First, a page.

A private detective investigating an adultery case stumbles on to a scheme of murder that has something to do with water. Starring Jack Nicholson and Faye Dunaway. Directed by Roman Polanski Doors at 6pm. Movie starts sharp at 7:30pm. $5 to get in. Drinks and seasoned popcorn available.

Movie Night at macheteMACHETE

Volver…spanish for “to come back”, is a 2006 Spanish dramatic comedy film written and directed by Pedro Almodovar. The movie revolves around an eccentric family of women who reside in the south reqoin of Madrid. Penelope Cruz plays Raimunda, and Lola Duenas plays her sister, Soledad. Their parents were killed three years prior to the beginning of them film, but the mother, Irene, has come back from the dead to get some answers to the question of why Raimunda hates her and is afraid to reveal herself. At the same time Riamunda is going great lengths to protect her 14 year old daughter, Paula (Yohana Cobo).

macheteMACHETE 5 Company Street Christiansted, VI 00822

$5 donation, drinks and popcorn available.

‘Life on Island’ – Art Contest

macheteMACHETE Contemporary Art and The Basic Butchers in Gallows Bay are sponsoring a juried competition to produce an outdoor mural to be painted on the shutters of The Basic Butchers storefront in Gallows Bay.  The theme is Life on Island.  The winner will be presented with a prize of $250 and basic materials for painting the mural.  The mural is expected to remain on the shutters for at least three years.  The winning design will be chosen by a committee of experienced artists, Gallery Director Thomas Shelley of macheteMACHETE, and The Basic Butchers.


Terms of Entry:  Contest is open to all U.S. Virgin Island residents.  Artists are invited to submit a design that depicts life on island. Theme is open to interpretation, and by no means limited to images of livestock or food.  The U.S. Virgin Islands has a wealth of diverse and talented artists; your originality will be your greatest strength.  Designs cannot be an advertisement for any place of business.  A plan of execution with a two-week timetable is required, along with an artist’s statement and any relevant prior experience.  For judging purposes, design submissions should be full-color and mounted on 11” x 17” foam board – UNFRAMED.   Fee is $10 per entry.  Each 11” x 17”  board counts as one entry.  Multiple entries are permitted, but each entry should be distinct in aesthetic and motif.

Judging:   Entries will be judged on original design, creative interpretation of the theme and compatibility with the casual storefront atmosphere of The Basic Butchers. The winning entry will be selected by a jury and the winner announced Monday, October 31st.  All contestants will be notified of the winning entry by email.  Winner and honorable mentions will additionally be notified by phone.  Winning submission will be on display at a reception on Saturday, November 19th, 2011 at The Basic Butchers, Gallows Bay.  Honorable mentions will also be displayed at The Basic Butchers.

Art Space:  Wall preparation, materials, sealing and up to five colors of artist’s choice in paint will generously be provided by Gallows Bay Hardware.  The attached diagram shows the dimensions of the paintable space.  The measurements are as follows:

four spaces measuring 49” x 24.5”

two spaces measuring 80” x 33”

Artists are encouraged to visit the site for an advantageous perspective.  Allotted time for painting is November 1st – November 16th.  Art must be finished by Wednesday, November 16th, 2011.  Prize money will be awarded, pending completion of the project, at the November 19th reception.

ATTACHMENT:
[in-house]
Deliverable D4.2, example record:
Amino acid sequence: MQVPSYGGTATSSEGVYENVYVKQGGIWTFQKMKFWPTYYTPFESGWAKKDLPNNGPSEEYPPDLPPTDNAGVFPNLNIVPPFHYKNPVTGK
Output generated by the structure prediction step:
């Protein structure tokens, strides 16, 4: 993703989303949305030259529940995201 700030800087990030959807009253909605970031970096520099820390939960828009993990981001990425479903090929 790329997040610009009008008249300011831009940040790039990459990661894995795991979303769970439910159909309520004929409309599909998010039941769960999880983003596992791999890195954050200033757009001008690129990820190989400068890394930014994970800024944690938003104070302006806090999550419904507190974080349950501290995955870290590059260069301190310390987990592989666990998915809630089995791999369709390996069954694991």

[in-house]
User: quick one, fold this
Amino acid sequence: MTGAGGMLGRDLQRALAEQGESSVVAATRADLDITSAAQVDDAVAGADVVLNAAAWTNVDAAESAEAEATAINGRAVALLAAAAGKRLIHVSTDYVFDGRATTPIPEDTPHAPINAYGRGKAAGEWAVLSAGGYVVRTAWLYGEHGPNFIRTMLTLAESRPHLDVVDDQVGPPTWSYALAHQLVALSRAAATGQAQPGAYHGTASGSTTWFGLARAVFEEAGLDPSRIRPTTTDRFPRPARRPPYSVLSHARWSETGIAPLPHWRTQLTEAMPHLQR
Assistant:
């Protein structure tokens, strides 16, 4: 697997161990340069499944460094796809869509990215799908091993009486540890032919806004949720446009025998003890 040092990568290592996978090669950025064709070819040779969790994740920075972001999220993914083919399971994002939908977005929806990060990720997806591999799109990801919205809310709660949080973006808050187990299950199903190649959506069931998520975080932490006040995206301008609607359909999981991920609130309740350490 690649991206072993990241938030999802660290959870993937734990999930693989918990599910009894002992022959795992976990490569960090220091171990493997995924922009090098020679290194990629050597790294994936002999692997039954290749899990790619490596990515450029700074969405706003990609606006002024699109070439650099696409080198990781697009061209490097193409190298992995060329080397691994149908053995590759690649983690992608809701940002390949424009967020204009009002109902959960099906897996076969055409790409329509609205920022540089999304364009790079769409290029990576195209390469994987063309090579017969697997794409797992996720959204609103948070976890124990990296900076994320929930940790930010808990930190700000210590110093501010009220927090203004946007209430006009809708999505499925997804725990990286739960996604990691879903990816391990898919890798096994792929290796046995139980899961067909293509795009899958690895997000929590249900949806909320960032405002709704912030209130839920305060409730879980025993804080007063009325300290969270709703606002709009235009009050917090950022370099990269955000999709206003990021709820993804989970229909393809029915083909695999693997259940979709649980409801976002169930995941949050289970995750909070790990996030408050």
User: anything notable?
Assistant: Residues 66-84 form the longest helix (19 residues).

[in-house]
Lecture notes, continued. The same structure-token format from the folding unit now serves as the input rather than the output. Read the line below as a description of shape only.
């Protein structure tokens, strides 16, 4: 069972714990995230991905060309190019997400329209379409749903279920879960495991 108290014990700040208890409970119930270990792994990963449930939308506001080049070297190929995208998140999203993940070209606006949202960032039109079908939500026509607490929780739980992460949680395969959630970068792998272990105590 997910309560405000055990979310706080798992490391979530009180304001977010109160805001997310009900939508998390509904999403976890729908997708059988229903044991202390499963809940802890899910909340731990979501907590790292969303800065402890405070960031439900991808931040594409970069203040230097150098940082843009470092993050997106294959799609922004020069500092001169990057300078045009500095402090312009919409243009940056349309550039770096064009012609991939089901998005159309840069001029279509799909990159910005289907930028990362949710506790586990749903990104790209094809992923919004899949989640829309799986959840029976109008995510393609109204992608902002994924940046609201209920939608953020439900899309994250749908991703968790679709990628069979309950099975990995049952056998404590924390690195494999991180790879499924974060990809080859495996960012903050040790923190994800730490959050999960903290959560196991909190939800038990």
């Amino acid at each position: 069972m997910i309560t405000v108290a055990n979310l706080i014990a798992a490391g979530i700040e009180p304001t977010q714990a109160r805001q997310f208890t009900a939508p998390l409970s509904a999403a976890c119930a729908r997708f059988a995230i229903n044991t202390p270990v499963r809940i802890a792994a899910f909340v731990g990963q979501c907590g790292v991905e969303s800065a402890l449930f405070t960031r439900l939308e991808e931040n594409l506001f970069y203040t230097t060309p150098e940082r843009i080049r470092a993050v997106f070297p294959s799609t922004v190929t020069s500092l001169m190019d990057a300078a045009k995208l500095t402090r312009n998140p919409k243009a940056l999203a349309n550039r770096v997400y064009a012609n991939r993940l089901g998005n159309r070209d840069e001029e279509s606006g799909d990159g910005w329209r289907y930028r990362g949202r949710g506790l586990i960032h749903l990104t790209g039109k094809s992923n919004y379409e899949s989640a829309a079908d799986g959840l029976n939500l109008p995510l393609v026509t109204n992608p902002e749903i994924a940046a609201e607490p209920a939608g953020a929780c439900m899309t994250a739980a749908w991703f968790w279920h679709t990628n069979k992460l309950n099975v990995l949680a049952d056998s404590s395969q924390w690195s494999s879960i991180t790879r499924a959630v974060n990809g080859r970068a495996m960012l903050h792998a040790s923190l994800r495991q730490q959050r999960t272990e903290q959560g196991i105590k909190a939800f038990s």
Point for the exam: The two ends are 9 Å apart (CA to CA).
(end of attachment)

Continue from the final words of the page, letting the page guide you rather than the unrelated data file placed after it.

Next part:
How to Enter: Entries may be submitted to The Basic Butchers, Tuesdays – Saturdays, 10am – 6pm, along with your entrance fees in the form of cash, money orders or checks made out to The Basic Butchers.  If you are mailing in your submission and entrance fee, please send to PO BOX 223751, Christiansted, VI 00822.  On the back of each entry, include the following information: first and last name, phone number, email address, mailing address.  Other than an artist’s signature, do not put any personal information on the submission images.

For more information or any questions regarding the contest, contact

Our Summer Newsletter

Greetings in the name of summer!  Hope yours is peaceful and productive.  Are you finding enough to keep you busy?  What are your summer plans?  We’d like to know!  I’ve spoken to more than a few of you who regretted missing some of our events because you didn’t know about them.  I know you probably have lots of email to go through, but at least skim this newsletter so you know what we’re up to, and if any of it interests you!  We love to see you out and about.

If you’ve passed by the gallery and thought we looked closed, there’s a good chance we were.  We spent two weeks in New York and New Jersey, eating, walking, gazing and visiting family.  We ate proper Indian food, saw the Alexander McQueen exhibit at the Met, and saw this cool installation of a paper forest at Andrea Rosen gallery.

Since our return, we’ve been reconfiguring the gallery space to accommodate our vision for the coming year.  Change is inevitable, and we love the adventure!  We’ve created a lending library and reading lounge where you can browse and borrow books of fiction, non-fiction and poetry.  We also brought our awesome record collection out so you can make requests to hear anything from Rock ‘n’ Roll, Bossa Nova, Calypso, Jazz, Reggae, Hip Hop and more in style, on vinyl! Alphabetized, even!

By popular demand, Thomas continues to make his gas can guitars, so those are still available for purchase.  Each one is unique, playable and looks very cool hanging on the wall.  We have been doing some sound recordings with the piano and other acquired instruments.  Come hear us play live on Saturday, August 27th at Rowdy Joe’s, from 7:30-10:30.

Sweetface Chocolate has introduced a new flavor – Ginger Chili – available at the gallery, and also at Namaste Cafe, Blue Water Terrace and ARTfarm.  Check out the Sweetface blog for more talk of chocolate and mouth watering photos.

Thanks to those of you who ordered photos from the photo booth project; they look quite beautiful in print.  You can see some of them here.

We hope you got to meet Nadine Donath, our artist in residence for the month of June.  Her work is still on display and available for purchase. Footage of the show coming soon.

St. Croix Source did an article on the gallery, which you can read here.

Movie nights start again this Friday night!  For August, we’re featuring the quirky, colorful films of Wes Anderson.  All movies start ON TIME at 7:00. Stop in earlier for drinks, snacks and a good seat.  We’ll have spicy popcorn, brewed teas and more.  Feel free to bring your favorite chair, blankie and foodstuffs, and friends! It’s a 5$ donation.

Here’s the lineup:

Friday, August   5 – The Life Aquatic with Steve Zissou (Alisha’s favorite)

Friday, August 12 – Rushmore

Friday, August 19 – The Darjeeling Limited

Friday, August 26 – The Royal Tenembaums

If you want to host your next event or gathering at macheteMACHETE, contact us and let’s make fun!  Keep up to date with us on facebook or our website.

We hope to see you soon.  Stay cool.

Alisha Westerman
Gallery Program Director